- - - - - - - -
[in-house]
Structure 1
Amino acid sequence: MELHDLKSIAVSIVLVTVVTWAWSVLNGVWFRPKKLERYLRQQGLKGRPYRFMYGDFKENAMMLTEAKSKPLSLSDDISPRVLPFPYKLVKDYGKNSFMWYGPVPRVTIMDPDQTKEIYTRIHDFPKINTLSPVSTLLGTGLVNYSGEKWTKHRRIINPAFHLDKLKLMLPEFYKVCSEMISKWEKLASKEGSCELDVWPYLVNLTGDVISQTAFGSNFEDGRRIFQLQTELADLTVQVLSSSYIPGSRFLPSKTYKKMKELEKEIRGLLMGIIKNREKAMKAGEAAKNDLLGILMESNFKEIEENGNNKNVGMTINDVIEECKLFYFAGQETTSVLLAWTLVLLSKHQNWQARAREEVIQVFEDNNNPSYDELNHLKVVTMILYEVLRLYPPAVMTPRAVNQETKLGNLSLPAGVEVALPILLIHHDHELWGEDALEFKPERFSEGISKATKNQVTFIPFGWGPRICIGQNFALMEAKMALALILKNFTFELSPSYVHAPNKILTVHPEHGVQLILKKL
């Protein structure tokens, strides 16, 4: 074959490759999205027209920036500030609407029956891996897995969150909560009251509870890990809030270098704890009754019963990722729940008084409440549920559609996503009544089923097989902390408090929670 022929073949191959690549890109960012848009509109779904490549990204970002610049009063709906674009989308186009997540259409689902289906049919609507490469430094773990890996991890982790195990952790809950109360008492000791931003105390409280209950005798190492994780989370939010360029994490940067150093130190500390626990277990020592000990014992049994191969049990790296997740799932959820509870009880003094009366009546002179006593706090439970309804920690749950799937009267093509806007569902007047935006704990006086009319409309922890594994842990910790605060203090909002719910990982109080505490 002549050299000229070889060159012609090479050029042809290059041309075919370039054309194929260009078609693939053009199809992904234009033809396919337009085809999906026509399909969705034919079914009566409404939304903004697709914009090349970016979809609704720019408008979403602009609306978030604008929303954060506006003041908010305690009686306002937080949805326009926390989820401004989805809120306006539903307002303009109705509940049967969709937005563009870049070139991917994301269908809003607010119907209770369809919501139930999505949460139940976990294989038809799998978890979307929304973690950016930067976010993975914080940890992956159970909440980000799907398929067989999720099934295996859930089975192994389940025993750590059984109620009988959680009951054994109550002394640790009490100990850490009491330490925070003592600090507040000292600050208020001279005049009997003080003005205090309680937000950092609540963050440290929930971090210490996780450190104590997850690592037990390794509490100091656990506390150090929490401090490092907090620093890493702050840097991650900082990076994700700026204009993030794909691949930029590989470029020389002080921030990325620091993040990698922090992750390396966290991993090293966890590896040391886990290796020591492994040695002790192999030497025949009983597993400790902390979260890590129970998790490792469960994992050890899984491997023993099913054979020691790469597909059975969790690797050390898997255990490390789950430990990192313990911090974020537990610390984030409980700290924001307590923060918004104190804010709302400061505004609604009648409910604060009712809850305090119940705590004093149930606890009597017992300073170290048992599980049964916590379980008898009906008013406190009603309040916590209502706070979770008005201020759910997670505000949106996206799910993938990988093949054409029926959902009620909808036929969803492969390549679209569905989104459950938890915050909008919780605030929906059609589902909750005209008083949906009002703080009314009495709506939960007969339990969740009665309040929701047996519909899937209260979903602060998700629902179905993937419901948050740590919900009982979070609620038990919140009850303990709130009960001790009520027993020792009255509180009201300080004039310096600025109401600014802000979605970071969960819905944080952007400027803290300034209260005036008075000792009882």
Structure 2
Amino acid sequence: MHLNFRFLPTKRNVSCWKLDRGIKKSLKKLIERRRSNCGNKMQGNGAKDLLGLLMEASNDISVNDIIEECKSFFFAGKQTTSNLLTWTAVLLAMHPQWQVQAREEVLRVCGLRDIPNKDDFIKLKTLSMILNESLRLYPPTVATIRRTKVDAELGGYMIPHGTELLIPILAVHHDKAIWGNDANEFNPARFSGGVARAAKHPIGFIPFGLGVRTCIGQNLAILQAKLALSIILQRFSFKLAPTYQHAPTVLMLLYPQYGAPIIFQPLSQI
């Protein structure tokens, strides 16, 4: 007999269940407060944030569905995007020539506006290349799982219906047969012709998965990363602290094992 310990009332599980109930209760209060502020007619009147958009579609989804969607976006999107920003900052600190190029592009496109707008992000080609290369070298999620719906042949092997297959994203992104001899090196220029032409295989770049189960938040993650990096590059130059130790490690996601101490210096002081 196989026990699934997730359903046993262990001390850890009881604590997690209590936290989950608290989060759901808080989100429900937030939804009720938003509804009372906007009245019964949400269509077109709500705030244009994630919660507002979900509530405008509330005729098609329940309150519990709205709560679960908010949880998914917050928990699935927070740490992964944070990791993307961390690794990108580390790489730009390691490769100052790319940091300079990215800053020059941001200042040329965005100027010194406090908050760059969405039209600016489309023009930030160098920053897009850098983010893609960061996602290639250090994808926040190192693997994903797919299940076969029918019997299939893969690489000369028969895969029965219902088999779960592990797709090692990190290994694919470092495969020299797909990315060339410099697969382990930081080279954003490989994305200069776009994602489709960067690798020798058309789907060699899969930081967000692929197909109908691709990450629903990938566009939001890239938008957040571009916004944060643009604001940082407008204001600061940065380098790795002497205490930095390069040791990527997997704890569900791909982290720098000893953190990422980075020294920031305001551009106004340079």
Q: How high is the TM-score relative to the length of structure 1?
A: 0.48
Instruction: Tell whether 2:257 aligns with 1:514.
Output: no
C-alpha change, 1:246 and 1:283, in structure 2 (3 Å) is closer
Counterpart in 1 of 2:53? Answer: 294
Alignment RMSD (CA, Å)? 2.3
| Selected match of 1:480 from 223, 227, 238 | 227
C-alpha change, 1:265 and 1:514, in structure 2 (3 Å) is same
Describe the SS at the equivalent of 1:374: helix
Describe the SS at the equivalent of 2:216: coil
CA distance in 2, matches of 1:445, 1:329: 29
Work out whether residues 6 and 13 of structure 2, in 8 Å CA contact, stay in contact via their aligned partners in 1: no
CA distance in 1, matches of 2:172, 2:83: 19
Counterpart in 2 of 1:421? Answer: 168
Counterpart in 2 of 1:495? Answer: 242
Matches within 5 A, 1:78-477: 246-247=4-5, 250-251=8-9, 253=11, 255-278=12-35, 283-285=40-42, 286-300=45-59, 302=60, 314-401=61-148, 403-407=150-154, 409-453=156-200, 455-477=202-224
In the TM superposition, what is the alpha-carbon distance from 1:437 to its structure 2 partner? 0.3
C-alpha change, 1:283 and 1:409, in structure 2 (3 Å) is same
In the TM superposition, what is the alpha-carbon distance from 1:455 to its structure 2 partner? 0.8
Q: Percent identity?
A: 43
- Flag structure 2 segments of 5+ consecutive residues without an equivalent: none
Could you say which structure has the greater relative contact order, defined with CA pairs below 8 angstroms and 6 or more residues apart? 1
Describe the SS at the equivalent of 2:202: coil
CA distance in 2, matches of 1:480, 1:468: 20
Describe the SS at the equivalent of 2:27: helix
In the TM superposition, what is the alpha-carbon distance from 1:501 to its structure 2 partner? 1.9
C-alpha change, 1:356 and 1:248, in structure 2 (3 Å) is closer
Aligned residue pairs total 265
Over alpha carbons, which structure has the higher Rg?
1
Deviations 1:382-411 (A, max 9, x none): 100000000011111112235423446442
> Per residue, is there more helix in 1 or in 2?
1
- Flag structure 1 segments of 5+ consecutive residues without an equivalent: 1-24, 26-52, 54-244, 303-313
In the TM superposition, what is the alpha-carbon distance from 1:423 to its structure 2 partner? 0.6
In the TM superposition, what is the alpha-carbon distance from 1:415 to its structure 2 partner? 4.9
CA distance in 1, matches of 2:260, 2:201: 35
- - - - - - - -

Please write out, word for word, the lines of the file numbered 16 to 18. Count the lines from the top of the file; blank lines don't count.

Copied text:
C-alpha change, 1:265 and 1:514, in structure 2 (3 Å) is same
Describe the SS at the equivalent of 1:374: helix
Describe the SS at the equivalent of 2:216: coil